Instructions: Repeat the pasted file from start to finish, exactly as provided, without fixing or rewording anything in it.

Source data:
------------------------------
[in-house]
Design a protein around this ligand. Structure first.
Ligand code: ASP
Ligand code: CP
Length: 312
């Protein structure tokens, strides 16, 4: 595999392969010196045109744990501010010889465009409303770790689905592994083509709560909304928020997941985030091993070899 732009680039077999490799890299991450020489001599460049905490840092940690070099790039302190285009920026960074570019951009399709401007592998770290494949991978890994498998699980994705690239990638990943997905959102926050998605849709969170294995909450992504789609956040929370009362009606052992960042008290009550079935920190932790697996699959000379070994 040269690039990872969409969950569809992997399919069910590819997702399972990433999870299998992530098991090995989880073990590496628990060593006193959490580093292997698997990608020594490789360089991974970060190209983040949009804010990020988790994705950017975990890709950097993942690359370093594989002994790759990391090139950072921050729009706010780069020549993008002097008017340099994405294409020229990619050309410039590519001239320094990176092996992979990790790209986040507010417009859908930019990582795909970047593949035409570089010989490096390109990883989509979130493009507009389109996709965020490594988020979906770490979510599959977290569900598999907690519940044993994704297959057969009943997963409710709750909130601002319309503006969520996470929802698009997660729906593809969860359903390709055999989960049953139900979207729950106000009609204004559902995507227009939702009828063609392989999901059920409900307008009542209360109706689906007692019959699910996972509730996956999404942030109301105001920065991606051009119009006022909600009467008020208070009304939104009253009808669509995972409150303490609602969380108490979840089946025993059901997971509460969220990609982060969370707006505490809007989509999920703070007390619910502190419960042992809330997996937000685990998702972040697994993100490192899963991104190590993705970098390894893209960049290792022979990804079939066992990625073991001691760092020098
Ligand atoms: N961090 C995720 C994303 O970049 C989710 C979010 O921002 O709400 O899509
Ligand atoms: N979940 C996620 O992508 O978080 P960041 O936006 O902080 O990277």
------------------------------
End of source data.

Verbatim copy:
[in-house]
Design a protein around this ligand. Structure first.
Ligand code: ASP
Ligand code: CP
Length: 312
């Protein structure tokens, strides 16, 4: 595999392969010196045109744990501010010889465009409303770790689905592994083509709560909304928020997941985030091993070899 732009680039077999490799890299991450020489001599460049905490840092940690070099790039302190285009920026960074570019951009399709401007592998770290494949991978890994498998699980994705690239990638990943997905959102926050998605849709969170294995909450992504789609956040929370009362009606052992960042008290009550079935920190932790697996699959000379070994 040269690039990872969409969950569809992997399919069910590819997702399972990433999870299998992530098991090995989880073990590496628990060593006193959490580093292997698997990608020594490789360089991974970060190209983040949009804010990020988790994705950017975990890709950097993942690359370093594989002994790759990391090139950072921050729009706010780069020549993008002097008017340099994405294409020229990619050309410039590519001239320094990176092996992979990790790209986040507010417009859908930019990582795909970047593949035409570089010989490096390109990883989509979130493009507009389109996709965020490594988020979906770490979510599959977290569900598999907690519940044993994704297959057969009943997963409710709750909130601002319309503006969520996470929802698009997660729906593809969860359903390709055999989960049953139900979207729950106000009609204004559902995507227009939702009828063609392989999901059920409900307008009542209360109706689906007692019959699910996972509730996956999404942030109301105001920065991606051009119009006022909600009467008020208070009304939104009253009808669509995972409150303490609602969380108490979840089946025993059901997971509460969220990609982060969370707006505490809007989509999920703070007390619910502190419960042992809330997996937000685990998702972040697994993100490192899963991104190590993705970098390894893209960049290792022979990804079939066992990625073991001691760092020098
Ligand atoms: N961090 C995720 C994303 O970049 C989710 C979010 O921002 O709400 O899509
Ligand atoms: N979940 C996620 O992508 O978080 P960041 O936006 O902080 O990277």